As shown in FIG. 3, the exhaust gases from a restaurant cooking grill or other device are pulled upwardly through the opening between the duct opening walls 33 from whence the gases are diverted outwardly to the left and right so that half of the gases pass through one lower DACRON filter 38 on one side of the filter box and the other half pass through the other lower DACRON filter 38 on the other side of the filter box. The exhaust gases are then directed upwardly, and then inwardly through the two upper filters 44, and thence out through the stack 12. It will be seen that as the cooking exhaust gases are directed upwardly through the filter box 11, that a cleaning action is provided by the filter box 11 so as to clean the exhaust air of grease, odors, smoke and other solid pollutants.

It has been found that exhaust air cleaned by the apparatus of the present invention possesses such a high quality of cleaniness that it can be used if desired, as make-up air for the restaurant, if it is desired to employ the heat left in such exhaust gases as an energy saver. The cold water and detergent solution activates the filters 38 and 44 so as to continuously clean these filters as well as removing any grease or other pollutants congealing on the filters, and to carry such congealed grease and pollutants downwardly into the collecting tanks 75. When the water carrying the removed grease and pollutants is conveyed back to the settling tank 80, the grease is skimmed off of the top and goes out through the top and goes out through the overflow drain 106. It will be understood that the detergent breaks down the grease so that it can be moved back with the water into the tank 80, and a large amount of water can be continuously recycled.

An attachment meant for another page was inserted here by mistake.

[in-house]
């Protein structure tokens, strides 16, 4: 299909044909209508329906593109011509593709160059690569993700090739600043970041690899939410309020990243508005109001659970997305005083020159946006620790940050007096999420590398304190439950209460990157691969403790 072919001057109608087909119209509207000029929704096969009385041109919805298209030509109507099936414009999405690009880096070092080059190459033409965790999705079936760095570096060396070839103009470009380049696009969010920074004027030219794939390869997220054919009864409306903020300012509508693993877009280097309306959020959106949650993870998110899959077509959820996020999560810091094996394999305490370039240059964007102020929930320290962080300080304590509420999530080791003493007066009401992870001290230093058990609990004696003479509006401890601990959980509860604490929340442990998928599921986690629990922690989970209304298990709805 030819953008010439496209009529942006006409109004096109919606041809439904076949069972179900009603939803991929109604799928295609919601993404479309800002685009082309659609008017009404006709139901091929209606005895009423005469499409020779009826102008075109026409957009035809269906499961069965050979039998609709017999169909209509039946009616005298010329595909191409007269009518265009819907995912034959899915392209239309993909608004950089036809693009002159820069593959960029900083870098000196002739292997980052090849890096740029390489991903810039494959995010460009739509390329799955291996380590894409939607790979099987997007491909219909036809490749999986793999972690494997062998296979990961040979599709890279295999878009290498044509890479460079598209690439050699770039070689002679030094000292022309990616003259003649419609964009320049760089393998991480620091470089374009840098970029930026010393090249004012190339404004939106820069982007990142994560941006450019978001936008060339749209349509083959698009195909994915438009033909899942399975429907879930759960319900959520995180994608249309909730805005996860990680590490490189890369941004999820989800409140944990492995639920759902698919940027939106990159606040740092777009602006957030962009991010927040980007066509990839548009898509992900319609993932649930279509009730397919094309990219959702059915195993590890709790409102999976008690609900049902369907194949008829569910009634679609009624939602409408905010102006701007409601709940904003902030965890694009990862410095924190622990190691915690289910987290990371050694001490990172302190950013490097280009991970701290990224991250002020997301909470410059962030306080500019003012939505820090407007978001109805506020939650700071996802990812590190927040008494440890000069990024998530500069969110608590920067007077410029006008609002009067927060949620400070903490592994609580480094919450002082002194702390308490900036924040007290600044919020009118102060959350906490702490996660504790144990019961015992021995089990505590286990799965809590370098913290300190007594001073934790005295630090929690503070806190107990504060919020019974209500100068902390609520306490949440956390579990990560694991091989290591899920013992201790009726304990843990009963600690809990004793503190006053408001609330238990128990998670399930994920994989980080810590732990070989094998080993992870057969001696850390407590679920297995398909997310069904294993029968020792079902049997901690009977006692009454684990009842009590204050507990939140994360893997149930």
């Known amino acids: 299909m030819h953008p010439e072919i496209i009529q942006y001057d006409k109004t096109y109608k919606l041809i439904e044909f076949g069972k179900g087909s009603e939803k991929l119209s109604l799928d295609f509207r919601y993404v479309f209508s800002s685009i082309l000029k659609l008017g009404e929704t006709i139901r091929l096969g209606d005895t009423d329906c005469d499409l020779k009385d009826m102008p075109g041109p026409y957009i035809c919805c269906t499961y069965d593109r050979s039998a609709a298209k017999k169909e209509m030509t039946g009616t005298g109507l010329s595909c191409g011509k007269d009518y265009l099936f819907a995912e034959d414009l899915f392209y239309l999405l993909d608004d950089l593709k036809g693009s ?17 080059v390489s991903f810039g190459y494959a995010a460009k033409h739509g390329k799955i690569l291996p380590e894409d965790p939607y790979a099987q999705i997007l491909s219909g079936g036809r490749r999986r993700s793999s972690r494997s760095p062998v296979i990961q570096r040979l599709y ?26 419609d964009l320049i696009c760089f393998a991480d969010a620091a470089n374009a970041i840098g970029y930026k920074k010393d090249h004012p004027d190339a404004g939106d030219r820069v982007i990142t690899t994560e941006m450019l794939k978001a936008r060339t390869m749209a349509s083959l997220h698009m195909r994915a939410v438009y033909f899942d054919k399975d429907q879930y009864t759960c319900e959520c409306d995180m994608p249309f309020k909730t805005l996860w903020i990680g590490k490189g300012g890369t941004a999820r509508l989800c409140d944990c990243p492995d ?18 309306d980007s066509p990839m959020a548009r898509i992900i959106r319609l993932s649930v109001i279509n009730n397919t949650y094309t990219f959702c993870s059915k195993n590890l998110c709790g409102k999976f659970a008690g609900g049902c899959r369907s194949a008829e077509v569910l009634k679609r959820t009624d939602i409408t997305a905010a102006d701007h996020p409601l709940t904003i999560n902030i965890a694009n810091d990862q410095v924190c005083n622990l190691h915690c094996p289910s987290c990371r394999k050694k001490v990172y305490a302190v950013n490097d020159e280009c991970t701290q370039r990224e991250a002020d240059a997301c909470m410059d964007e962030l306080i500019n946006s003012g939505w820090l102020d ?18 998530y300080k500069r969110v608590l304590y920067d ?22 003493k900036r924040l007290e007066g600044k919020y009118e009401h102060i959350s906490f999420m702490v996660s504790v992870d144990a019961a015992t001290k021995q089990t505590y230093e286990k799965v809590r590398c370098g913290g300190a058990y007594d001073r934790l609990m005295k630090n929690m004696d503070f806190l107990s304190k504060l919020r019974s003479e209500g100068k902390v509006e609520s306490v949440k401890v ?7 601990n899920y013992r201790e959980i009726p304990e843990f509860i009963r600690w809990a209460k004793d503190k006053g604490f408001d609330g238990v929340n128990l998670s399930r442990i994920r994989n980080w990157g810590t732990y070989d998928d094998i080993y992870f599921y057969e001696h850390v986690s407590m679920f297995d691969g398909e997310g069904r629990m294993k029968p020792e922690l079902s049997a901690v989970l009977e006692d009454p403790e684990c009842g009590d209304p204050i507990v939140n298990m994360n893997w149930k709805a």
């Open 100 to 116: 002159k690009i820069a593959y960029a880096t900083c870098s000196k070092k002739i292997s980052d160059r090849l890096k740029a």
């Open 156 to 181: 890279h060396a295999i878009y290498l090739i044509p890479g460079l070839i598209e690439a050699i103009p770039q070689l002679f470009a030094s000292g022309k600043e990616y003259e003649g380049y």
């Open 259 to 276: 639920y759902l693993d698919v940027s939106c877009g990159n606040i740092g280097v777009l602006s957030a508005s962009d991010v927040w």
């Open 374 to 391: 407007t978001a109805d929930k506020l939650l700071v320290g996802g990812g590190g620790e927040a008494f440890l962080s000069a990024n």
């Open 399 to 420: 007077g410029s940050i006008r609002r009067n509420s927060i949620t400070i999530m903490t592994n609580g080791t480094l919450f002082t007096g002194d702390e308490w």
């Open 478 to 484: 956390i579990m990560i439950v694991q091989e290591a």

Experience has shown that the exhaust air cleaning apparatus of the present invention does such a highly efficient job in cleaning restaurant exhaust air that the exhaust duct leading from the filter box 11 is free of any grease. The elimination of grease in a restaurant exhaust duct eliminates grease fires in such exhaust ducts. It is seen that the apparatus of the present invention functions not only as an exhaust air cleaning or air pollution prevention device, but also as a fire prevention system for a restaurant exhaust system, because it keeps such an exhaust system free of grease. The last mentioned optimum result enables a restaurant provided with an apparatus of the present invention to seek reduced insurance rates due to its clean exhaust system and the elimination of one of the major causes of restaurant fires.

Under ordinary operating conditions, it has been found that the DACRON filters 38 and 44 should be changed at least once every six months. With a heavy output of exhaust gases, it would be necessary to change these filters more frequently. Experience has also shown that it is preferable to drain the settling tank 80 and clean the system at least once a week.